Thursday, March 15, 2012

[PL 211] Who is an expert?

Arguments from authority are inferences from the assertion of an expert to the (likely) truth of that assertion. That is, if an expert says that p, then it is probably true that p.

To be a strong argument, the authority in an argument from authority must really be an expert in the subject matter in question. But how do we tell which expert is the relevant or appropriate expert to turn to with a particular question?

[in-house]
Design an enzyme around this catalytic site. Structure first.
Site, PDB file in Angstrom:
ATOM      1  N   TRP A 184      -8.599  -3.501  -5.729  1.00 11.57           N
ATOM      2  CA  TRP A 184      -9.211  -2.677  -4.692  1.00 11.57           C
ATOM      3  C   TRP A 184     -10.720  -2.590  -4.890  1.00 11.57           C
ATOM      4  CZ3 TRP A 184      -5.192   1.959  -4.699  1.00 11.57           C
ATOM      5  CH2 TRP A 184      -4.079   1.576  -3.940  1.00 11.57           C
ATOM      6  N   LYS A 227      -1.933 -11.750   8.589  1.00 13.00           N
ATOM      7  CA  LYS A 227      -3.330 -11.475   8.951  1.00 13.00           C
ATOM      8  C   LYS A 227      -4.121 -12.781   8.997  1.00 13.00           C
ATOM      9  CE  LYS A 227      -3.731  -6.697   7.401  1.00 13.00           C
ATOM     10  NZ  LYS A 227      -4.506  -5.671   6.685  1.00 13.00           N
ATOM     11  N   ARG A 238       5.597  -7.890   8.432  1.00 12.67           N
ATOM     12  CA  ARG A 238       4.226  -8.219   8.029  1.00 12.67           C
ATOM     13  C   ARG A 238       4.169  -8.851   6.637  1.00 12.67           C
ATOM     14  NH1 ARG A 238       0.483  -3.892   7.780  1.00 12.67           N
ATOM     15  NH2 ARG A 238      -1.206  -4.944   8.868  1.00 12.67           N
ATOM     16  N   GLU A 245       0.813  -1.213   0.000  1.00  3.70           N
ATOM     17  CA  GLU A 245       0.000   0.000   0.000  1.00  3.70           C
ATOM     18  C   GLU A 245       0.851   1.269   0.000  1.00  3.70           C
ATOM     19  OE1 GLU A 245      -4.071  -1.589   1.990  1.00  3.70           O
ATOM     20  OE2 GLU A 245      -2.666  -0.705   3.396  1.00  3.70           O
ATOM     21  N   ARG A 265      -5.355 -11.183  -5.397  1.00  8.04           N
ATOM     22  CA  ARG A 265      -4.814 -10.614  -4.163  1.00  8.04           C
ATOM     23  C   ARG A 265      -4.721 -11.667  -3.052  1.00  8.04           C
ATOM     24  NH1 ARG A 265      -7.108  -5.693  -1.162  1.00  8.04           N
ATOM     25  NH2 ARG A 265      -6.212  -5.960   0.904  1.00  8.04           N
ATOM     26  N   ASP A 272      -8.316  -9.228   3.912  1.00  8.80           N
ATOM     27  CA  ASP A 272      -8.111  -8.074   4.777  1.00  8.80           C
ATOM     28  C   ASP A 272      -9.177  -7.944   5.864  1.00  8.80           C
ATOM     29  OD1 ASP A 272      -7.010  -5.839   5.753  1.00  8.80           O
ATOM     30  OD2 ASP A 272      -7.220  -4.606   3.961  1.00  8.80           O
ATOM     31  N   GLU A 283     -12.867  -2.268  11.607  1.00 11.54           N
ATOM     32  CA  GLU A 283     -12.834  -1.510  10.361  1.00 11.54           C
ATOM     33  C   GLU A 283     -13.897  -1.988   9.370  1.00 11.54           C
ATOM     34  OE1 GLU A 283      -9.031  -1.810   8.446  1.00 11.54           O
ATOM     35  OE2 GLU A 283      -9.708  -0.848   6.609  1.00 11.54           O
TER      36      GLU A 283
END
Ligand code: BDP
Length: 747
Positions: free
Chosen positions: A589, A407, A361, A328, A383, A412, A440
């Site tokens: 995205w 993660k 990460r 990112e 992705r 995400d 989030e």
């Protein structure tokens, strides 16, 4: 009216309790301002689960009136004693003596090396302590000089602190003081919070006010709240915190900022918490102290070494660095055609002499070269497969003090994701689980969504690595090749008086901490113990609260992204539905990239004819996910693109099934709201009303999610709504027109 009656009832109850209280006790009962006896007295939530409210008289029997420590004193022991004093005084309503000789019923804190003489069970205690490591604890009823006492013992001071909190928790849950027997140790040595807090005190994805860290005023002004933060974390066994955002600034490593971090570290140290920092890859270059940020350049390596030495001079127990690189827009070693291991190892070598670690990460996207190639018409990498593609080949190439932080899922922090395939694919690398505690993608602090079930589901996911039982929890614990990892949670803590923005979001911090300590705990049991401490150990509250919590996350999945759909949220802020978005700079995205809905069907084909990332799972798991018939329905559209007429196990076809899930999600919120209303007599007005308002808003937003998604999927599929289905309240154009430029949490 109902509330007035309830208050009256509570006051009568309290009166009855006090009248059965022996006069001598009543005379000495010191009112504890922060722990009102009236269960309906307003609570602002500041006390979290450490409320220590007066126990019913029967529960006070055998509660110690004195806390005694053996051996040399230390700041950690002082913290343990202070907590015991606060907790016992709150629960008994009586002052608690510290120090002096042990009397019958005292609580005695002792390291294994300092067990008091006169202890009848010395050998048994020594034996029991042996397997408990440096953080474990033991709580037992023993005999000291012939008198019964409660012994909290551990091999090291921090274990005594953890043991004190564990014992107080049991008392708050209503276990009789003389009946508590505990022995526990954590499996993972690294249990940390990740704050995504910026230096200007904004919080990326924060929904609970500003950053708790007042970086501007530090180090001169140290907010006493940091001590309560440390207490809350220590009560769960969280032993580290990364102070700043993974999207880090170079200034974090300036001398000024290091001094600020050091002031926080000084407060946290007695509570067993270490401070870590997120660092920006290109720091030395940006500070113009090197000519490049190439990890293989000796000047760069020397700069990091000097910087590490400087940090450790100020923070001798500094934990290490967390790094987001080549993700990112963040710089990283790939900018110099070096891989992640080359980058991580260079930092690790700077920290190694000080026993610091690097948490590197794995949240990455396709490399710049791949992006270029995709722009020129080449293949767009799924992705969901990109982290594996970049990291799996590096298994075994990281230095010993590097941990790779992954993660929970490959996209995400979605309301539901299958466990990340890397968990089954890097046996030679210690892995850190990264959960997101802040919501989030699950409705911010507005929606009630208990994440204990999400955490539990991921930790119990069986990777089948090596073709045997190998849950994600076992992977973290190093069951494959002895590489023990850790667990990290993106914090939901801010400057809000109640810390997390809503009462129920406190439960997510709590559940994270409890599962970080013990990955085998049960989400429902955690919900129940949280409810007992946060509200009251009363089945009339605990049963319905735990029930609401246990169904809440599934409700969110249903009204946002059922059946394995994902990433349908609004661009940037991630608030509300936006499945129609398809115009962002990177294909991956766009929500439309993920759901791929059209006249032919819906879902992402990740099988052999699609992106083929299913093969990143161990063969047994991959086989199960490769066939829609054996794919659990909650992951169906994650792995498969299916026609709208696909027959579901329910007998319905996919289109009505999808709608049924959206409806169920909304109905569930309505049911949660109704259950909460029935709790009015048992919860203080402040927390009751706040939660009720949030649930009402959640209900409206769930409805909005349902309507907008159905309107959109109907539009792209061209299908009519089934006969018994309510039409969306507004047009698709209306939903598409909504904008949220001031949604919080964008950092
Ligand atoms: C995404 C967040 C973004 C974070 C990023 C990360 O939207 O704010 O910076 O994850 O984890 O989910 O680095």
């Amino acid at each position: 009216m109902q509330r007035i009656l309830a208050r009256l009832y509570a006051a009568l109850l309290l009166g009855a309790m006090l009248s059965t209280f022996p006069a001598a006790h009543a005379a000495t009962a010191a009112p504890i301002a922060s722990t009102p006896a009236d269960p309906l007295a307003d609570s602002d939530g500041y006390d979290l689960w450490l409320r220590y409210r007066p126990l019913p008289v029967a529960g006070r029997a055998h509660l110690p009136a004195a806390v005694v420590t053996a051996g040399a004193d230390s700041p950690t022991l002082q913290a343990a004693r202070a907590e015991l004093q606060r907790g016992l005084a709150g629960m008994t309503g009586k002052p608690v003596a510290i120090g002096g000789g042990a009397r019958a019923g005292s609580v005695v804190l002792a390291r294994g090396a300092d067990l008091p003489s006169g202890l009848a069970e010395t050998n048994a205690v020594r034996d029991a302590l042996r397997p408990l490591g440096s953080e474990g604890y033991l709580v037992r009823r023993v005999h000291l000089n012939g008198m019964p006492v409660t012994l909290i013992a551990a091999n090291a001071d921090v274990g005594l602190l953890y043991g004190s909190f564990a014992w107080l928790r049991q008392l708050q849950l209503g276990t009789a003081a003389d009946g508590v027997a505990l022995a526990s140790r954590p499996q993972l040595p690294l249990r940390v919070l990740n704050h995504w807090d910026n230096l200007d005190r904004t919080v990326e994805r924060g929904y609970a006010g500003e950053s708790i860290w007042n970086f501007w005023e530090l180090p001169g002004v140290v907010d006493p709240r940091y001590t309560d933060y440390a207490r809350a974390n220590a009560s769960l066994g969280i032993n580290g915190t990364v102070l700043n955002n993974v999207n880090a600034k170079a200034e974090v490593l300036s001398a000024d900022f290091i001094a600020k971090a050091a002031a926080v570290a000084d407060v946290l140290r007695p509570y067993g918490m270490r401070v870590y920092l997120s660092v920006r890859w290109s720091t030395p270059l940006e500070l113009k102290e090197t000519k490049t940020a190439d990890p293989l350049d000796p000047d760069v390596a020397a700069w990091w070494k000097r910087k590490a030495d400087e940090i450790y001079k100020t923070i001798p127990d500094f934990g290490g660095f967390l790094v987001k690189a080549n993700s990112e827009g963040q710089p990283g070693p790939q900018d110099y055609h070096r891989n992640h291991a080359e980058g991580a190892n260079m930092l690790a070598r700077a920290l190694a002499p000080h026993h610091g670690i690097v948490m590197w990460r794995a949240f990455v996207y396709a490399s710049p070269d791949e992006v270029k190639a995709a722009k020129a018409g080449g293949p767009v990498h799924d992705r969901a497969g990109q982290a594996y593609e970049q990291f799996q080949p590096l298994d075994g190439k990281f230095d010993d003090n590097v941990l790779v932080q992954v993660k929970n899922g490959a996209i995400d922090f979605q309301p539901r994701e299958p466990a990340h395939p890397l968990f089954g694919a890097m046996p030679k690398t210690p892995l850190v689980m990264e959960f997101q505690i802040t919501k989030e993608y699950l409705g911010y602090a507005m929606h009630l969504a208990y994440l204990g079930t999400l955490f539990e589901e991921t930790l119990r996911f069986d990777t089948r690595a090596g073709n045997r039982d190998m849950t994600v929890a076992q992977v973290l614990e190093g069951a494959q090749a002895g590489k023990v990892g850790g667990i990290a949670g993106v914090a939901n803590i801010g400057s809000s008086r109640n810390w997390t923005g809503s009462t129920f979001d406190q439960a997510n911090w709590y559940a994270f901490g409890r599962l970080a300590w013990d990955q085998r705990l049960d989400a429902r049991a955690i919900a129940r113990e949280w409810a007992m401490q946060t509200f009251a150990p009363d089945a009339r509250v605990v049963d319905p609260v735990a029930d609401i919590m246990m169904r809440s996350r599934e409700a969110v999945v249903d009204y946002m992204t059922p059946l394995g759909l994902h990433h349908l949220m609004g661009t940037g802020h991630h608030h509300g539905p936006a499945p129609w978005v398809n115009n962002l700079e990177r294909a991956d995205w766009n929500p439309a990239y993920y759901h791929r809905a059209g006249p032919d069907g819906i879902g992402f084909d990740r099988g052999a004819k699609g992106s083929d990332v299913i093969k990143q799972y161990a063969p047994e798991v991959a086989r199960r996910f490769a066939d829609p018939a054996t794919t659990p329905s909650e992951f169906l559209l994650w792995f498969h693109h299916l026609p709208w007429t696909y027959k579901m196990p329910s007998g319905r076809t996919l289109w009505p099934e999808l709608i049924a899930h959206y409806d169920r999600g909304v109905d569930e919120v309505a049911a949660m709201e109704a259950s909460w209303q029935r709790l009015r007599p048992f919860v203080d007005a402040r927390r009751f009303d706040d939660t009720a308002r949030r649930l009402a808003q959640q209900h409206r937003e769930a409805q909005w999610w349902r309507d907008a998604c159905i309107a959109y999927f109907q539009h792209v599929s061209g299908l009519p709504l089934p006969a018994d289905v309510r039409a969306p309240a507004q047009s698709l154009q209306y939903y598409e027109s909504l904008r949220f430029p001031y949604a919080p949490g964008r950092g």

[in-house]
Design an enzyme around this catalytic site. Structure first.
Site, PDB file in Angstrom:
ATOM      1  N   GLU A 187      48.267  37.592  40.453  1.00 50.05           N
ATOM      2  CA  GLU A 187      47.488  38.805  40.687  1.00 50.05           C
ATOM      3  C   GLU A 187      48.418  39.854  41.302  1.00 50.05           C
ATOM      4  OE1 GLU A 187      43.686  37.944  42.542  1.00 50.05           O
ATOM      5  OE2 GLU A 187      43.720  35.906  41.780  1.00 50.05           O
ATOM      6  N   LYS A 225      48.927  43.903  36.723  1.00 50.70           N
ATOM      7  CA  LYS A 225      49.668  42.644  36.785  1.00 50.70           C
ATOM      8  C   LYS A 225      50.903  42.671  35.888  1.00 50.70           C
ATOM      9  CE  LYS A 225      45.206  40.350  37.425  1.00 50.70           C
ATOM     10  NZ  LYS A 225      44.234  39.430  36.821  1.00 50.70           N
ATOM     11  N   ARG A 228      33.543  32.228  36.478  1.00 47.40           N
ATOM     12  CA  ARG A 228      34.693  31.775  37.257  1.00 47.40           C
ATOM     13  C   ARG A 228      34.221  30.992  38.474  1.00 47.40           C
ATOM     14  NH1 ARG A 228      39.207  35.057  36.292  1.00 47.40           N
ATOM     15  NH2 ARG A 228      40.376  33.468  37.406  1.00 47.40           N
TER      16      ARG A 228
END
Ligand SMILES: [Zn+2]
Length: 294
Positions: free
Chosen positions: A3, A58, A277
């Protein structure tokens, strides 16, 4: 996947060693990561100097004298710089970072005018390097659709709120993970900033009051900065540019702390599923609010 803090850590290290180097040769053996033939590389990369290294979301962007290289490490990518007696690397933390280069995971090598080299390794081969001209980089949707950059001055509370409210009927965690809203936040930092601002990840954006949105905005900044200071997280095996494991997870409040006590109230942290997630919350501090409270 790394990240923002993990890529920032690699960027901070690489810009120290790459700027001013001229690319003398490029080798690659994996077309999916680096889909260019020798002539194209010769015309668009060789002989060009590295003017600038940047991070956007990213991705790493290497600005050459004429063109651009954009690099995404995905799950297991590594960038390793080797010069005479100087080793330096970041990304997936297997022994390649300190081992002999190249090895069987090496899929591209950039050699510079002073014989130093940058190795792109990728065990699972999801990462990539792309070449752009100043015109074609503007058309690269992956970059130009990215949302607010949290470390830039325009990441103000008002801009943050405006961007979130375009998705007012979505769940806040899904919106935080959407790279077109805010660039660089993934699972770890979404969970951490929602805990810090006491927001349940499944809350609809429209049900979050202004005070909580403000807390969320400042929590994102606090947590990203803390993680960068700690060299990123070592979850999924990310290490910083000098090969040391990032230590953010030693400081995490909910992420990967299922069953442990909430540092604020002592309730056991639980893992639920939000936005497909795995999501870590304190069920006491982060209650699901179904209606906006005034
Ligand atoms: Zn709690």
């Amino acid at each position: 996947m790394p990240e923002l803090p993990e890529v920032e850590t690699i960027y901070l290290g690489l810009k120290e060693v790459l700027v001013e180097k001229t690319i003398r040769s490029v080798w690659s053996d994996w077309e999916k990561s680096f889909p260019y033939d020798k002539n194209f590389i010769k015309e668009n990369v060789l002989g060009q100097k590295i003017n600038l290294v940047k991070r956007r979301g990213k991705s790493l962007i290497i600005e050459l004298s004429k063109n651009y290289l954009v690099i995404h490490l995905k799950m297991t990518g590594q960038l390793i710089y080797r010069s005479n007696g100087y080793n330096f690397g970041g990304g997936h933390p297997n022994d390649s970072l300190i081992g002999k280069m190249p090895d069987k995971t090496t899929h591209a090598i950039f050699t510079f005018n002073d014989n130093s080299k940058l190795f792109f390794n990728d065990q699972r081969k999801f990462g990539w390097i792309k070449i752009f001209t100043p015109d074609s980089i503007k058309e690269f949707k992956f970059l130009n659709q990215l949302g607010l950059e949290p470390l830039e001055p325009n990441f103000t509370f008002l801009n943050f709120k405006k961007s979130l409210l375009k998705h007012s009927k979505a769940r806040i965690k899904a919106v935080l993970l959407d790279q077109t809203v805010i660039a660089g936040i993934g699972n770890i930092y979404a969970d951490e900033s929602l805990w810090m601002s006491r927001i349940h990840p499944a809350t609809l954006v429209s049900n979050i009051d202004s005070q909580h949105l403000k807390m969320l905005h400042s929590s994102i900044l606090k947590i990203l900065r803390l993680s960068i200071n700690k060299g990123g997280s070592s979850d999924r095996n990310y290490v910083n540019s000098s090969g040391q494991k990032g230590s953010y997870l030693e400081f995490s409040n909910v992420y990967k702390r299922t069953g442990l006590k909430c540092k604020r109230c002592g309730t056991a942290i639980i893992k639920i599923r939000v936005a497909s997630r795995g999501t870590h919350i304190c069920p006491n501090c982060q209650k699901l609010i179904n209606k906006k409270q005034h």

For example, if we want to settle a question in physics, should we turn to a biophysicist or an astrophysicist? If we are wondering about a question in chemistry, do we ask a biochemist or an electrochemist? In other words, how fine-grained does the appeal to authority have to be for it to be a strong argument?

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